Monday, January 22, 2007

brussels sprouts, but not homework

i'm supposed to be doing homework right now. i didn't get enough done today, and there is so much to do. i think in a couple of weeks things will calm down a little, but right now all my classes are kind of pressing in on me. so i'm sitting here writing instead.

i came home from kickboxing and i was trying to get my computer mouse to work. but it's not. so i worked on that for like 30 minutes. i thought about cooking something for dinner (or the 2nd half of dinner, b/c i had a small sandwich before kickboxing). so i put some brussels sprouts on the stove. but the first water i put on i forgot about & just left boiling there til it was almost all evaporated. so the sprouts are still on the stove.

and why on earth am i writing about these things anyway? i have nothing i really wanted to say. i just wanted to tell someone that i'm procrastinating, i guess.

i just got the brilliant idea to work on a different class than the one i worked on all day. switching it up might be more interesting. so i'm going to try to do that. wish me luck.

Sunday, January 21, 2007

moments of clarity

so after i left Urbana, i was really thinking that i need to try to actively reach out to students next year. and i still really think that. but it's not next year yet.

through a couple of different conversations, my eyes are finally open to all the people who are around me right now, in my life at school. prior to now, i didn't really know anyone at my school well, except for the few i car-pooled with. but a real sense of community is forming now that we've got the campuses all straightened out, and i'm actually seeing some people in more than one class. so i'm really excited about it. i'm actually in a position to have more than one spiritual friendship, and that jazzes me like nothing else.

so in the midst of all my crazy research & studying (and there is a ton of that this semester), i'm going to be praying that God will bless my new friends and help me to see where he is already working in their lives.

and there are only 12 weeks to go until law school ends for me... woohoo!

Tuesday, January 09, 2007

a big question

many people are talking about the processness of evangelism. they speak of the need to have intentional, spiritual friendships, where we become a part of the process, and sometimes guide the seeker toward encountering God. (see, e.g. Rick Richardson, Reimagining Evangelism (2006); Fred Peatross, Evangelism is Another Animal--Not the One We Thought, no. 97 Next-Wave Ezine (Jan. 2007), available at this site.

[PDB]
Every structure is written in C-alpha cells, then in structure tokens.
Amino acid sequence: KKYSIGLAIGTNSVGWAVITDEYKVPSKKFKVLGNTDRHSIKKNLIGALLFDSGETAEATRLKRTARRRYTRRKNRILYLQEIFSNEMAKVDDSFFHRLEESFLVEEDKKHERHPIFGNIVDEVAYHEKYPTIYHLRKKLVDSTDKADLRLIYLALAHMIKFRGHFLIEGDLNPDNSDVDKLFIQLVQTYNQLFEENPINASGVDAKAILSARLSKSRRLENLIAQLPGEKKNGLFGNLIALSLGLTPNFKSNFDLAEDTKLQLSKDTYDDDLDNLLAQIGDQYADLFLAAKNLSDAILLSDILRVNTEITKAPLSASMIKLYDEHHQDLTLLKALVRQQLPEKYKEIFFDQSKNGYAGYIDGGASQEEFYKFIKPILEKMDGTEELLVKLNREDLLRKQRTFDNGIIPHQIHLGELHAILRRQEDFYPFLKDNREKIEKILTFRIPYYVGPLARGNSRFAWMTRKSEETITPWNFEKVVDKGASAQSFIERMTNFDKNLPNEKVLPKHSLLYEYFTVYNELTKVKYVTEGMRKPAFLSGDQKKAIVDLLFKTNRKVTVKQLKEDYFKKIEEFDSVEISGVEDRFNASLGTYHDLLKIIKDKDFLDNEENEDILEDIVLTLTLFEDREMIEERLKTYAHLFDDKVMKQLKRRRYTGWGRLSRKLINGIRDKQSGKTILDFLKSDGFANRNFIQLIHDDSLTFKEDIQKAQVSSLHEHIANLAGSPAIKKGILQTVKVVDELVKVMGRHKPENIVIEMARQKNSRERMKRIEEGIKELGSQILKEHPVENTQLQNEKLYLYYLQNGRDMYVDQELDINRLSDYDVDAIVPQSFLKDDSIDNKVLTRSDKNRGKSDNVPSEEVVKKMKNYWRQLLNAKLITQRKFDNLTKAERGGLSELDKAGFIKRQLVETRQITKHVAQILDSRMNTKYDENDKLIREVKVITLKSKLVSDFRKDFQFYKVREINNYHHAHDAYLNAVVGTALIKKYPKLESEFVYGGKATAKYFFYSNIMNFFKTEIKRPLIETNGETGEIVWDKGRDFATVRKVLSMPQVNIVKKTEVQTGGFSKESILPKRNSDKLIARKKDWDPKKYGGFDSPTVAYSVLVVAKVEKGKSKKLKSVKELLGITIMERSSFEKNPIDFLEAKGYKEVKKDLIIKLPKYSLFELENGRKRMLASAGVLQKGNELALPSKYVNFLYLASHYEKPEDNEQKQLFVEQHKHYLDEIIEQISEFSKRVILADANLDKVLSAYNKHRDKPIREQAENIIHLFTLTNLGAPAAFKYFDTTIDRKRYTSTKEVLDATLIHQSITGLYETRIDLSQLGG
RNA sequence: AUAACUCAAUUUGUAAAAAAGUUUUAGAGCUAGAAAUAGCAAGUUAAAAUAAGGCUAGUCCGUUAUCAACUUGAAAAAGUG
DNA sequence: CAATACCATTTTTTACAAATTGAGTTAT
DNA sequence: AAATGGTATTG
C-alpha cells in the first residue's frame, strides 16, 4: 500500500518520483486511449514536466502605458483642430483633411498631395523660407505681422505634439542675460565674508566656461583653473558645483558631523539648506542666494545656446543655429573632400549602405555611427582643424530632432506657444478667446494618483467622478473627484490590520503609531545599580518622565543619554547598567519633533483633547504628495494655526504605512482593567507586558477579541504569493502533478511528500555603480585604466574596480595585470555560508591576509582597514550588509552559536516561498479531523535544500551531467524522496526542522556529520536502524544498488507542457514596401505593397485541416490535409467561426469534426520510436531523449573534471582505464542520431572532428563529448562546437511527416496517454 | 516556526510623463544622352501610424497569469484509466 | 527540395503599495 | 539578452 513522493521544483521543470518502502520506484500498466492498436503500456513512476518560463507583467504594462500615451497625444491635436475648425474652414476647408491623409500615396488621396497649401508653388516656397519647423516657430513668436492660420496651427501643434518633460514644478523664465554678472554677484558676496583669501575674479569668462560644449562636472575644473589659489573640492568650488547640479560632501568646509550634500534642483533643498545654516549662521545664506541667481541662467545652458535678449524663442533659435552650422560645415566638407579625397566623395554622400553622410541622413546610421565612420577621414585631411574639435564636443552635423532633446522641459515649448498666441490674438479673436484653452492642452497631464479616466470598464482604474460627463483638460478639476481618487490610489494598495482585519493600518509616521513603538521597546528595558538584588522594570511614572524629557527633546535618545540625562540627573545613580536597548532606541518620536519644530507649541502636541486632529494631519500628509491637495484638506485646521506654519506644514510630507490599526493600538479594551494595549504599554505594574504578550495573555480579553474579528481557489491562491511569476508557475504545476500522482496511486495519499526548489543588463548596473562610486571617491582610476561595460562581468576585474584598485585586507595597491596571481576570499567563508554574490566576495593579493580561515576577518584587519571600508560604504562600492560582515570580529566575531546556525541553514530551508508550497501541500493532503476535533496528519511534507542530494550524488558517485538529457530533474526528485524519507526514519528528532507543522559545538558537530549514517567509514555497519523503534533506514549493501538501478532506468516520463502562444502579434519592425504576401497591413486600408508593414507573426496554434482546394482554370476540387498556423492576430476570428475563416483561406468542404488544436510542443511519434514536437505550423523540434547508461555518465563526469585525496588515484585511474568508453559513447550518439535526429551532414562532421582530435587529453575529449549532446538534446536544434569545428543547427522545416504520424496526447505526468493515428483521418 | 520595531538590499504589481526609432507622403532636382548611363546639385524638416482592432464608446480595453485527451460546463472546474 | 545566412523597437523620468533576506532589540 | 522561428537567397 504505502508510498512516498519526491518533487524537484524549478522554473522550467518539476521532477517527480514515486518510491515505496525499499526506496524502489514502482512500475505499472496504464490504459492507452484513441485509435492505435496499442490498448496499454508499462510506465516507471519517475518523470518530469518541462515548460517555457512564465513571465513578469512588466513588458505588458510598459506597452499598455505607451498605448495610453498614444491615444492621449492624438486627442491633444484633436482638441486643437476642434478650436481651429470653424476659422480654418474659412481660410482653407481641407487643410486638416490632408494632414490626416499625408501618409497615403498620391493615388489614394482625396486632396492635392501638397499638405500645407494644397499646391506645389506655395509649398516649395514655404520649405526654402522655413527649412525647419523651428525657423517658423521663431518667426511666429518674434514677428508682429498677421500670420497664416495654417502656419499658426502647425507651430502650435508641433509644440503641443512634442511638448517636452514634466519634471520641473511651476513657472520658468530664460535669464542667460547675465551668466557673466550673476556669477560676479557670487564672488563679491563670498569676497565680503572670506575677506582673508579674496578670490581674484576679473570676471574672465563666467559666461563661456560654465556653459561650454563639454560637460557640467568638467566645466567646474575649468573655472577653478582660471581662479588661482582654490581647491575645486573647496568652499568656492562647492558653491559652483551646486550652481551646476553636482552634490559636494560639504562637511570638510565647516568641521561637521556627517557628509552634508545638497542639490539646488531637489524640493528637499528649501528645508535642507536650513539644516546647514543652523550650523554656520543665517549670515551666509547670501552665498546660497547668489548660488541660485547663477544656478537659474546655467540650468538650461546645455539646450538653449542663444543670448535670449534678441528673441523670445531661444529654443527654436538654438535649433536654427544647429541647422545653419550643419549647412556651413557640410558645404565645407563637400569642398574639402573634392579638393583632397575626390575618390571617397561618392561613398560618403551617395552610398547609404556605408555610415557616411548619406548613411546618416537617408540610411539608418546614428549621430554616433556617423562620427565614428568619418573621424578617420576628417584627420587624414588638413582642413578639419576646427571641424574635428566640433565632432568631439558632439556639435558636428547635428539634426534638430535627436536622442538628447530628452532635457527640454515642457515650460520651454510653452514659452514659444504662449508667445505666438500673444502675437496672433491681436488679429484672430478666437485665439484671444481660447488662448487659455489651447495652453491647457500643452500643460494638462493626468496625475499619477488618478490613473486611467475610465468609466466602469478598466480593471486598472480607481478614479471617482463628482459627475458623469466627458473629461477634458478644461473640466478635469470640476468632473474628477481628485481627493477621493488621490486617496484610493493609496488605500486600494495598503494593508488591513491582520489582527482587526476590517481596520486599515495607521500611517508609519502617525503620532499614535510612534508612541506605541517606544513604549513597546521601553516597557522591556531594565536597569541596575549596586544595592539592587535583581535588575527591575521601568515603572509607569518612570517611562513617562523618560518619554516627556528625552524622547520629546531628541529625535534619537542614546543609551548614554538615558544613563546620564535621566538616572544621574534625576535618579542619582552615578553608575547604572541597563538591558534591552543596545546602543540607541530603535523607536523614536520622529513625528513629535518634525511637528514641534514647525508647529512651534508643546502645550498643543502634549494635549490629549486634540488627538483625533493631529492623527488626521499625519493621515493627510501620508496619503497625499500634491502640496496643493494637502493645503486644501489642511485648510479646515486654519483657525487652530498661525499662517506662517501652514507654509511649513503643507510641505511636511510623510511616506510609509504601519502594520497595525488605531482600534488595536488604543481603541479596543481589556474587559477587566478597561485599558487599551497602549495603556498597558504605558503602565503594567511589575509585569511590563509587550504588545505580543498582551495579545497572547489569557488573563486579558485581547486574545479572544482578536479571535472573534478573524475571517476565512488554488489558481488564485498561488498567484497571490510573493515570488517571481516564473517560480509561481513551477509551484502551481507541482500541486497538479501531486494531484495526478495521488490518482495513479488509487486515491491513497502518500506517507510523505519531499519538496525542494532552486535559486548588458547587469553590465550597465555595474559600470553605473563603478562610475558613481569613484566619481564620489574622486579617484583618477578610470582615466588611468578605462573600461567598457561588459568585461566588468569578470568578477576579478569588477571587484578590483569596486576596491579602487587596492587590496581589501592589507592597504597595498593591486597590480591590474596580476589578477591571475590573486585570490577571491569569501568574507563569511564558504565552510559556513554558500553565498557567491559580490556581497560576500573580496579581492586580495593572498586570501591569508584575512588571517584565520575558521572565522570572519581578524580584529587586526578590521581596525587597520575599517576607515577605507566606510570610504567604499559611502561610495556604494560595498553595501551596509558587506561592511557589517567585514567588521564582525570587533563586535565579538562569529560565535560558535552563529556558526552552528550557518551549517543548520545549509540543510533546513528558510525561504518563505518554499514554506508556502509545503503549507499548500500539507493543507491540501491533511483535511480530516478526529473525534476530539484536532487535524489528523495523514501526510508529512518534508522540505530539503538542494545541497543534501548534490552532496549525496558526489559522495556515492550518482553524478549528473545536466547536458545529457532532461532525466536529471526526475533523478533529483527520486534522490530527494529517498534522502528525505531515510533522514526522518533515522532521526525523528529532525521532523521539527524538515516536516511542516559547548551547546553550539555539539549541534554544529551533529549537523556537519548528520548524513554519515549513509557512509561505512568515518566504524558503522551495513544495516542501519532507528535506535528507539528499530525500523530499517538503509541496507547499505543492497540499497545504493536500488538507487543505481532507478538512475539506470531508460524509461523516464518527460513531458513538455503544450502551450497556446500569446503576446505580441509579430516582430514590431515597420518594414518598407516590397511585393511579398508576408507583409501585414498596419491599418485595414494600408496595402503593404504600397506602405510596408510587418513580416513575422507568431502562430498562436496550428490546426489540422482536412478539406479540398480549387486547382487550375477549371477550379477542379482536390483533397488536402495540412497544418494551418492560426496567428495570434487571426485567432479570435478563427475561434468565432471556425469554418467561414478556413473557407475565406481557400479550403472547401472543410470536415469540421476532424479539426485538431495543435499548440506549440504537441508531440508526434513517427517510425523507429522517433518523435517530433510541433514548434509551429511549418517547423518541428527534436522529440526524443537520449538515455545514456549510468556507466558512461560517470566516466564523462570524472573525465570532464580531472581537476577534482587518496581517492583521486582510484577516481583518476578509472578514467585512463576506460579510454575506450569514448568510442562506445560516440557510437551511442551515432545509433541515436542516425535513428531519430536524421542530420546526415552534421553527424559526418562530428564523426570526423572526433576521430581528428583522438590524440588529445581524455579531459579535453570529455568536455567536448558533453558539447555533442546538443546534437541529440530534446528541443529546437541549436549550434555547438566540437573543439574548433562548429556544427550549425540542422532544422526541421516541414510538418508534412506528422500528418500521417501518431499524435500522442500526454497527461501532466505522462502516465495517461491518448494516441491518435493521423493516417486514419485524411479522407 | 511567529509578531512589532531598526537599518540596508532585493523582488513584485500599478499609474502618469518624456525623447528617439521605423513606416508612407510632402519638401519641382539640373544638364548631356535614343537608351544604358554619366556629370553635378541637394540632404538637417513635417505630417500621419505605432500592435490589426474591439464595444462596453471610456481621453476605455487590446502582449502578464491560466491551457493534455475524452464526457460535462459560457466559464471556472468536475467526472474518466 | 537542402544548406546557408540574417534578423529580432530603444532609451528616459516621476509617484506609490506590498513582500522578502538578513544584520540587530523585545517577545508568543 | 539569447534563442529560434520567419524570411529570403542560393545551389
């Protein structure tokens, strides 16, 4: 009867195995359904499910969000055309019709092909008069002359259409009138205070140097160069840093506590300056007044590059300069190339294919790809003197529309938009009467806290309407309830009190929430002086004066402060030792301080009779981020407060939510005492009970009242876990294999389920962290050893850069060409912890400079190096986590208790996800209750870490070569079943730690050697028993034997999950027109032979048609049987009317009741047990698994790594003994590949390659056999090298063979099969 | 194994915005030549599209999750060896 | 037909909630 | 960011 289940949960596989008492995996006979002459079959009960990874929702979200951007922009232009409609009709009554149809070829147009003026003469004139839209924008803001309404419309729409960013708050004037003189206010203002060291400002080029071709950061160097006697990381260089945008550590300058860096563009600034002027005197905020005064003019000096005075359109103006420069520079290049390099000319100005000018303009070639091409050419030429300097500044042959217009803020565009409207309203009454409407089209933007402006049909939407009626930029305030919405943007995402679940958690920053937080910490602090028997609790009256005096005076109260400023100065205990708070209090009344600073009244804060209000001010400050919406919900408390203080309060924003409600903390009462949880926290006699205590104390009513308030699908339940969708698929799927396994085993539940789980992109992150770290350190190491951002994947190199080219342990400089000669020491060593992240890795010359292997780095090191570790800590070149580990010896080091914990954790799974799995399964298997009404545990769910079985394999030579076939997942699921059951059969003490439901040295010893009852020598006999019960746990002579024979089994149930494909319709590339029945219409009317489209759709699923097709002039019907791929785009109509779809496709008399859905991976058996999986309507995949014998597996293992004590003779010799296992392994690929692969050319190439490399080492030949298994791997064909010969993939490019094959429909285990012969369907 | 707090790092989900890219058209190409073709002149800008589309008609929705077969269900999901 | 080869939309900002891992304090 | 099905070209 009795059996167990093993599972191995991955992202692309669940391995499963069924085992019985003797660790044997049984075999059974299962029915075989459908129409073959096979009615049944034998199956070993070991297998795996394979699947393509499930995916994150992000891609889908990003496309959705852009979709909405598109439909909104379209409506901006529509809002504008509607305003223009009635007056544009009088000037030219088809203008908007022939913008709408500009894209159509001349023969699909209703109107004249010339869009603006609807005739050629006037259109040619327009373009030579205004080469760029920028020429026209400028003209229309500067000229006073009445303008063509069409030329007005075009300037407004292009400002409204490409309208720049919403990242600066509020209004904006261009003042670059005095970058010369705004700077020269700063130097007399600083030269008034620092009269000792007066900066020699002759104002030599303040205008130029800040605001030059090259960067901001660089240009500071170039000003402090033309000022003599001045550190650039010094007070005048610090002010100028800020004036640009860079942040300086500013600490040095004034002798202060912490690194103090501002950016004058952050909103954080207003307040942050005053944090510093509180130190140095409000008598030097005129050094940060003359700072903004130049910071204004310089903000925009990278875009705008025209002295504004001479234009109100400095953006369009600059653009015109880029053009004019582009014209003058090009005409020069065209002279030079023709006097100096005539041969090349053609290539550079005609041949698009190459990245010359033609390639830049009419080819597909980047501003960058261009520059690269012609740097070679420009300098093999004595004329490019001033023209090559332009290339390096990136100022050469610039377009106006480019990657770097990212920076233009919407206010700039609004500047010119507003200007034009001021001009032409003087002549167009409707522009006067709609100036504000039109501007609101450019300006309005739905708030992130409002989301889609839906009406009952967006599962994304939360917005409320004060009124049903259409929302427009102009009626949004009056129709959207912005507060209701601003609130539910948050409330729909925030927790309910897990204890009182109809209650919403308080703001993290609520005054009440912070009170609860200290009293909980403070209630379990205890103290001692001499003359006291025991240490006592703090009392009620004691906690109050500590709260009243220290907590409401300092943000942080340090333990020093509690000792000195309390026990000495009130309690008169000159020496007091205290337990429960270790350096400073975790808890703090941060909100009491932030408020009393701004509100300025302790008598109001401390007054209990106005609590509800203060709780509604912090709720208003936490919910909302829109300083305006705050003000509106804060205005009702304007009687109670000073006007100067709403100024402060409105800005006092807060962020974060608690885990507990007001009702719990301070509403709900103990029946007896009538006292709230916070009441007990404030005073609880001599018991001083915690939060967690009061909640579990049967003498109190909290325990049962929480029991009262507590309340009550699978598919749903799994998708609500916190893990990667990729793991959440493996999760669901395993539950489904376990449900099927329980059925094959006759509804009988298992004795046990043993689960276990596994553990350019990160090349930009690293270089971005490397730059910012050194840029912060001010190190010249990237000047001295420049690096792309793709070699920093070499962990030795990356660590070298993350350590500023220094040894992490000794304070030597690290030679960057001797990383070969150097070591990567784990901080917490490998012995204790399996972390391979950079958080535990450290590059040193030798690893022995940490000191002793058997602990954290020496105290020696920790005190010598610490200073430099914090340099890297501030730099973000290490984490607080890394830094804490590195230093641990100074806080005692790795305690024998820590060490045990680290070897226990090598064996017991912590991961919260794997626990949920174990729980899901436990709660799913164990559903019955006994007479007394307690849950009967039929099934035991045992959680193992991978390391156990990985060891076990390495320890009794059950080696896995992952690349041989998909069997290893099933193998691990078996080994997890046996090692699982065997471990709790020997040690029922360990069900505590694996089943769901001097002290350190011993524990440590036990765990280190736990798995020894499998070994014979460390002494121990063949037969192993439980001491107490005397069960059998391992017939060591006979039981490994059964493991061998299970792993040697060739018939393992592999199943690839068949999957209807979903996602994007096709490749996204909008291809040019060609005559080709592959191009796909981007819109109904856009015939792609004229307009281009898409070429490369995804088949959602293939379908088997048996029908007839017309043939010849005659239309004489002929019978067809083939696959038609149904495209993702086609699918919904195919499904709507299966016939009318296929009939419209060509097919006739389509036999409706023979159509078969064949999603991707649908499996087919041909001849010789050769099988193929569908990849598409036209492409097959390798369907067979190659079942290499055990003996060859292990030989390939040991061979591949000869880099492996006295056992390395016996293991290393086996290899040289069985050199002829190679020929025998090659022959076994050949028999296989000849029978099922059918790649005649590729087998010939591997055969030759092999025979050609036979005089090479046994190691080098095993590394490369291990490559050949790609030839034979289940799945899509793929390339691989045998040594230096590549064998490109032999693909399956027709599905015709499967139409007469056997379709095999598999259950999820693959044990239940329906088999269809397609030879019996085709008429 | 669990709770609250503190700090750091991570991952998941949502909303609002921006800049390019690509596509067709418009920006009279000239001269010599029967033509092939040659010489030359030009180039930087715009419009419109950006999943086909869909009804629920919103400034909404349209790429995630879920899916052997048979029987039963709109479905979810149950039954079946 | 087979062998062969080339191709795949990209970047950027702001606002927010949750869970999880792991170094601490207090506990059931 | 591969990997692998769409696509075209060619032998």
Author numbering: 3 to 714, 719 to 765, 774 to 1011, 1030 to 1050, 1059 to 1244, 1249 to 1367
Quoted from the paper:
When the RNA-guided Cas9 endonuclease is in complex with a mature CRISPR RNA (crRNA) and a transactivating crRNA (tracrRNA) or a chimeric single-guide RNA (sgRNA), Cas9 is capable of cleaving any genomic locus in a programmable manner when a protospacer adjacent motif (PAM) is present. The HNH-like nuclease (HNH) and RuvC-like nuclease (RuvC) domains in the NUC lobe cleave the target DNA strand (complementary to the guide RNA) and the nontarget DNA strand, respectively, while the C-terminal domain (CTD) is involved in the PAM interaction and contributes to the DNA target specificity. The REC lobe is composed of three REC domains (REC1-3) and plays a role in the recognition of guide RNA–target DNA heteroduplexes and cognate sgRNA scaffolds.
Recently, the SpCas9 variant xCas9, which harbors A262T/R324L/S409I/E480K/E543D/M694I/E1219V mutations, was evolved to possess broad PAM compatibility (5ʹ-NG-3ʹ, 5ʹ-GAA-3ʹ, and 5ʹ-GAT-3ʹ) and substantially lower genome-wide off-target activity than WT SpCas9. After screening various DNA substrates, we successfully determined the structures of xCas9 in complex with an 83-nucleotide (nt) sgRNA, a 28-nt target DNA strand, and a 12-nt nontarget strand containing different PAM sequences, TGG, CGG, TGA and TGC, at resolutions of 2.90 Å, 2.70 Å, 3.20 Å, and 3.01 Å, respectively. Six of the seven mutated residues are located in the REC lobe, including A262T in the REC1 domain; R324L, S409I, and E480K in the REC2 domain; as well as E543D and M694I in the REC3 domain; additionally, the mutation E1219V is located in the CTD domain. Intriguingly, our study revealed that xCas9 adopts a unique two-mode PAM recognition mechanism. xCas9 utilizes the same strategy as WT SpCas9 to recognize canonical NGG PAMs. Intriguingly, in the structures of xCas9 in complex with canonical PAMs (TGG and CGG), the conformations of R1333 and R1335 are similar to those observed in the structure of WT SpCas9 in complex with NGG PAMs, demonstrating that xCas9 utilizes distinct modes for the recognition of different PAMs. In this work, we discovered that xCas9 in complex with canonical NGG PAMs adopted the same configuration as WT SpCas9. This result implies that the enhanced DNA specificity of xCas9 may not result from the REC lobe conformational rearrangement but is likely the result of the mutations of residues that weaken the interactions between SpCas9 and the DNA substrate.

but here is a question that we are not yet asking--how do we (the church) equip a post-modern person to be such a friend and sometimes guide? those of us who are older, who grew up in the modern sunday school classes--we got a big-picture view of the story. we got the details of all the little stories. we have often had bible college or seminary training. we can do the work of translating these fundamental truths to make sense to younger, more post-modern thinkers.

donald miller is a prime example. he has a spectacular, innate ability to tell the story in a relevant, poetic, story-like way. rob bell is another example of a great communicator of these truths.

but as i sat in a group of college students who were listening to donald miller speak, i looked around the room. the students were in awe--here was the gospel story, again relevant to their lives. but these same students had no clue how to speak the same poetry into the lives of their peers.

donald miller, rob bell, and probably many more of the emerging voices have recieved much training--modern training, even. i would venture to guess that they are avid readers, and always avid thinkers.


in a world of podcasts and instant messages, how is the next generation going to be equipped to put words around the truths that they've experienced?

i think the answer must come in the form of relationship, community. but what will that look like? and is anyone out there talking about this? more importantly, is anyone living it?

the good news is that the bible comes in story form, and the poetry that hits home today seems closer to the bible's culture than our old modern culture. so there must be a way. i pray that the Spirit will help us to find it.

and i intend to spend the next few years praying about it and living it and seeking his answer.

Saturday, January 06, 2007

third-culture kids

i read a book about "third-culture kids" over the time i was at Urbana. a "third-culture" kid is one who spent a substantial amount of her developmental years living outside the home culture of her parents. the third culture is the culture that is created from the high mobility and the cultural adaptation that exists for these families.